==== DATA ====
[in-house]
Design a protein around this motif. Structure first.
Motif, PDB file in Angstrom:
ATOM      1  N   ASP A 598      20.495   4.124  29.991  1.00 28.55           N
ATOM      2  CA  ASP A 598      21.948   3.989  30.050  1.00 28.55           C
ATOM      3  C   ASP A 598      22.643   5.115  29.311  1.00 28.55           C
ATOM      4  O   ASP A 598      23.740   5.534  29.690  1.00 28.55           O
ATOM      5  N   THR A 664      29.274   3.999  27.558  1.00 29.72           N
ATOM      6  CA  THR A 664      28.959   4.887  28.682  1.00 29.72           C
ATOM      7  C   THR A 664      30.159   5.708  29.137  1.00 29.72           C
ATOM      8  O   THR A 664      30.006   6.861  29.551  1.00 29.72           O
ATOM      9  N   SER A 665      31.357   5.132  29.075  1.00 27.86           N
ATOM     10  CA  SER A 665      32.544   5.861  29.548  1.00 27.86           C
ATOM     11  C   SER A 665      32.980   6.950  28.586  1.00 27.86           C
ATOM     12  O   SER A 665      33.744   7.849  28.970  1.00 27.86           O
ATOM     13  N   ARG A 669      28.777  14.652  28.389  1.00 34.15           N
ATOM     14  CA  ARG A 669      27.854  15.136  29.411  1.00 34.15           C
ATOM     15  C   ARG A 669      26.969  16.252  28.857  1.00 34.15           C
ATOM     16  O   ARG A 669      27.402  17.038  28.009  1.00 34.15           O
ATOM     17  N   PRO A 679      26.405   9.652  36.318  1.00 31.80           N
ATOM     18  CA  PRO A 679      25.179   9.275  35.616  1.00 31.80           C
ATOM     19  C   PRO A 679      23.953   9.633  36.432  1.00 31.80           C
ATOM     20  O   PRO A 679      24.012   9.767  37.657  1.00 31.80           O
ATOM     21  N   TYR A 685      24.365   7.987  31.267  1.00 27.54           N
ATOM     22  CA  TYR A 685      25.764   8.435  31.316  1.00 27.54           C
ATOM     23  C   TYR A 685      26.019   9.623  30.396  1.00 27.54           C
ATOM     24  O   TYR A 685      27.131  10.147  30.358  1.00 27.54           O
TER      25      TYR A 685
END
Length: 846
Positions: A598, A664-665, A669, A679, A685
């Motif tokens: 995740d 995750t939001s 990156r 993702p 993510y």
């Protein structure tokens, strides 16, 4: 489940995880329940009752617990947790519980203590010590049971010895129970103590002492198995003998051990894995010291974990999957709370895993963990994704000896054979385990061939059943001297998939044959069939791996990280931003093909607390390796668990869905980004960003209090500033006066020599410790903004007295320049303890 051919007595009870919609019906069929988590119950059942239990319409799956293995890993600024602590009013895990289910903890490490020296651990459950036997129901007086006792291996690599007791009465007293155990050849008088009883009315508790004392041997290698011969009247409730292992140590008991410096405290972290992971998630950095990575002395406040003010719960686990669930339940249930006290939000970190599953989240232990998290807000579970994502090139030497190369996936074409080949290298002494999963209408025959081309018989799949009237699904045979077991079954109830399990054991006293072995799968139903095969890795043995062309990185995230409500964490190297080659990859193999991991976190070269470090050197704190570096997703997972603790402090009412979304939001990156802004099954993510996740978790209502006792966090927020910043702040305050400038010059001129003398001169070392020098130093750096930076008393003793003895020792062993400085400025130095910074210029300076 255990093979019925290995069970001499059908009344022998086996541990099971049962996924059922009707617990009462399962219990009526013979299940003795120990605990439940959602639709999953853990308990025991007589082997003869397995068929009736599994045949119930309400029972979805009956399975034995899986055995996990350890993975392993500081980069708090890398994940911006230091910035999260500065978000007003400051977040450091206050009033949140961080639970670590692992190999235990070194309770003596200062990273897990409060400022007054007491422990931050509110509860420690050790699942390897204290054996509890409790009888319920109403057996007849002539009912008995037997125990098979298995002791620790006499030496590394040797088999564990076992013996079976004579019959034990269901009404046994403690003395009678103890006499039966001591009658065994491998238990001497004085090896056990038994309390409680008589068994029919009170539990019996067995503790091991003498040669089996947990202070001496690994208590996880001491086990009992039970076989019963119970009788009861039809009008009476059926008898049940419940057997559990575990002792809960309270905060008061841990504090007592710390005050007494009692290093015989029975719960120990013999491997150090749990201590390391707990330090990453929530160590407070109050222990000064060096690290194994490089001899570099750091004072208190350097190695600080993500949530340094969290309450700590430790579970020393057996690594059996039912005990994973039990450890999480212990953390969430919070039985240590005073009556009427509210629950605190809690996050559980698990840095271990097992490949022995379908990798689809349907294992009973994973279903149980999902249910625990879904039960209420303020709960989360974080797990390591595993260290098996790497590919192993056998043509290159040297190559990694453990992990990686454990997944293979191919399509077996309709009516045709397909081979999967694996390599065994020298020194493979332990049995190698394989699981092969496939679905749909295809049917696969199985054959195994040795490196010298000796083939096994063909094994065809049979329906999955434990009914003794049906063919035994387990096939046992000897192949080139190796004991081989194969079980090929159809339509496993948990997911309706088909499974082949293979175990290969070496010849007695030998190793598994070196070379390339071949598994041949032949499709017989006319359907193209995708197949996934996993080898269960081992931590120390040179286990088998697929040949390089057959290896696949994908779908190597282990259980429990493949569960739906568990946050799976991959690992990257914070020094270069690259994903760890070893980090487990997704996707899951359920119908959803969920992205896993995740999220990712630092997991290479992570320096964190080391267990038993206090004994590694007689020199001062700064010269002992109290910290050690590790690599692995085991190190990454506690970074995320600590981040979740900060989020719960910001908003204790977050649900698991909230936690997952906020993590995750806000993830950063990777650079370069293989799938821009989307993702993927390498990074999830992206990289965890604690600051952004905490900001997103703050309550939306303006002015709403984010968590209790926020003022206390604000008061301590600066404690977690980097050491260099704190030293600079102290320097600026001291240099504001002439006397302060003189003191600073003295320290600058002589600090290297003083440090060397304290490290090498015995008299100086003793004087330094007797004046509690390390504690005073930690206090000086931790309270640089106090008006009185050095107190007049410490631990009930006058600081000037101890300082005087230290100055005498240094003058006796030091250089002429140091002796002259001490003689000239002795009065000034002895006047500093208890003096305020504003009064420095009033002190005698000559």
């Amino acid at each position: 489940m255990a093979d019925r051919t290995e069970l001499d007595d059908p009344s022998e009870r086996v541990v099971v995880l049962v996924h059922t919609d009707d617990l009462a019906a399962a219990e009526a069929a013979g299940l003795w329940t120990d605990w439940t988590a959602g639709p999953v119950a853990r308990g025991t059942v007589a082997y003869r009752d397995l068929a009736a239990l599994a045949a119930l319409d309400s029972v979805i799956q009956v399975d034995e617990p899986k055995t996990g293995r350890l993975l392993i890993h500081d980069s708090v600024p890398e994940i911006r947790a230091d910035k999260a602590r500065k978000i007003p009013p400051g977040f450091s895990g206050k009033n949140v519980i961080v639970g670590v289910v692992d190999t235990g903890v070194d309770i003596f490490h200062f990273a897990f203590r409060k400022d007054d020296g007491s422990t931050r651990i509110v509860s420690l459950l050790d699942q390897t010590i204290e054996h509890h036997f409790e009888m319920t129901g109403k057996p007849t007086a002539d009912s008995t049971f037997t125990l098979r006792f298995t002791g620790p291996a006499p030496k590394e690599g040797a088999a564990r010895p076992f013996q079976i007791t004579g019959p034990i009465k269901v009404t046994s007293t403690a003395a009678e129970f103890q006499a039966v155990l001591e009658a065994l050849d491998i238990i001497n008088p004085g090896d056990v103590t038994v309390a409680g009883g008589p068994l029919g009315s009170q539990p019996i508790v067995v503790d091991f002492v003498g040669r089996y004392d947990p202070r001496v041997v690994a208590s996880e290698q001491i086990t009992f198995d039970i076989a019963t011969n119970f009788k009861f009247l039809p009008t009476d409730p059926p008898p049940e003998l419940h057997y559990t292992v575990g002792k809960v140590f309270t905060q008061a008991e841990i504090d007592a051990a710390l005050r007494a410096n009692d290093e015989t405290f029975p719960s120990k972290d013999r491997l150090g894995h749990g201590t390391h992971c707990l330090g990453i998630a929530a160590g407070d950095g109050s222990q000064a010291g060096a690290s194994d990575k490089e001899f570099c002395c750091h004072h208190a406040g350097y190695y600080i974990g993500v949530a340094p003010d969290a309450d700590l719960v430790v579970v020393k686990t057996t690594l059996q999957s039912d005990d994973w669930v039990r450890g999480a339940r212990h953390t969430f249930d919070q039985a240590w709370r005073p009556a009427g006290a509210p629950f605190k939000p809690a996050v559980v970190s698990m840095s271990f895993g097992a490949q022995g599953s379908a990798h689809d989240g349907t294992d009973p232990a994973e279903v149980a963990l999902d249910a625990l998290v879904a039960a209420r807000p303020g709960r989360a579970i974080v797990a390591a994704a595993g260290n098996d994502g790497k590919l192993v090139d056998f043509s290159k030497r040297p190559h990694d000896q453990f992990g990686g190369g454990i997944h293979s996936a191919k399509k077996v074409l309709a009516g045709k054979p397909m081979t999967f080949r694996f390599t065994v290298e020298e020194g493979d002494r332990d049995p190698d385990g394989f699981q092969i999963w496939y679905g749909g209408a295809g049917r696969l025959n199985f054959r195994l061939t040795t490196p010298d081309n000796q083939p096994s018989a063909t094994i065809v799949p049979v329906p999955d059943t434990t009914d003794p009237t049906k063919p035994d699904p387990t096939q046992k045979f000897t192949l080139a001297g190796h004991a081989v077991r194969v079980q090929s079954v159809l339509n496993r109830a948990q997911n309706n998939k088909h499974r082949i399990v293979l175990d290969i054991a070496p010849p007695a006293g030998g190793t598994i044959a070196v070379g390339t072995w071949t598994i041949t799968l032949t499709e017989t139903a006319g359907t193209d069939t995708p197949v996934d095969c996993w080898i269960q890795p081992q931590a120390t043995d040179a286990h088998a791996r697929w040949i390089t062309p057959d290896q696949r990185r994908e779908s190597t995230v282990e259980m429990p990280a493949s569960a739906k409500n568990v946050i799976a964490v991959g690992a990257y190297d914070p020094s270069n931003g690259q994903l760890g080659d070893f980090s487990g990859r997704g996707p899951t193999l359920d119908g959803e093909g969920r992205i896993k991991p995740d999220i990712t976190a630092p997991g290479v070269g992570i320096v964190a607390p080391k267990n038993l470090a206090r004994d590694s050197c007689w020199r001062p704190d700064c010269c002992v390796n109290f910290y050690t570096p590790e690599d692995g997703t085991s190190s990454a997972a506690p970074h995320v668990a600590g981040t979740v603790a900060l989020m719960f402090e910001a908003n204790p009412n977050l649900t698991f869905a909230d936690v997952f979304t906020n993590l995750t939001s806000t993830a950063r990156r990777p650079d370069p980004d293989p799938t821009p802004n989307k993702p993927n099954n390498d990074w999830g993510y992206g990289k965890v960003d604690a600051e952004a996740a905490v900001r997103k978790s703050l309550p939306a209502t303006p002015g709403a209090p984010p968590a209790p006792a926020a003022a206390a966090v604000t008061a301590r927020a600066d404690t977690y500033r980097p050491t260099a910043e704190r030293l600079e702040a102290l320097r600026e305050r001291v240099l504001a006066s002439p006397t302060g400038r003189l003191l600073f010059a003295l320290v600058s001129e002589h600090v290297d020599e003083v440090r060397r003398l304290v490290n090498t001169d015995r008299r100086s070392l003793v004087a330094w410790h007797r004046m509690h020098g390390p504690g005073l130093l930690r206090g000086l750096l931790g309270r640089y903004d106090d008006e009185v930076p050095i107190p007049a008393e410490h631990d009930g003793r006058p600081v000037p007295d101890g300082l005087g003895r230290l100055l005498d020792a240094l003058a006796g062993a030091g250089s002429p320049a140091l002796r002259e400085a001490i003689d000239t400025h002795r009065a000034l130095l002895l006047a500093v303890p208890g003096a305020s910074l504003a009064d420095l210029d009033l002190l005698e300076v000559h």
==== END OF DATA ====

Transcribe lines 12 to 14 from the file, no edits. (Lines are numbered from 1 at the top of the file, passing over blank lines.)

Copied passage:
ATOM      9  N   SER A 665      31.357   5.132  29.075  1.00 27.86           N
ATOM     10  CA  SER A 665      32.544   5.861  29.548  1.00 27.86           C
ATOM     11  C   SER A 665      32.980   6.950  28.586  1.00 27.86           C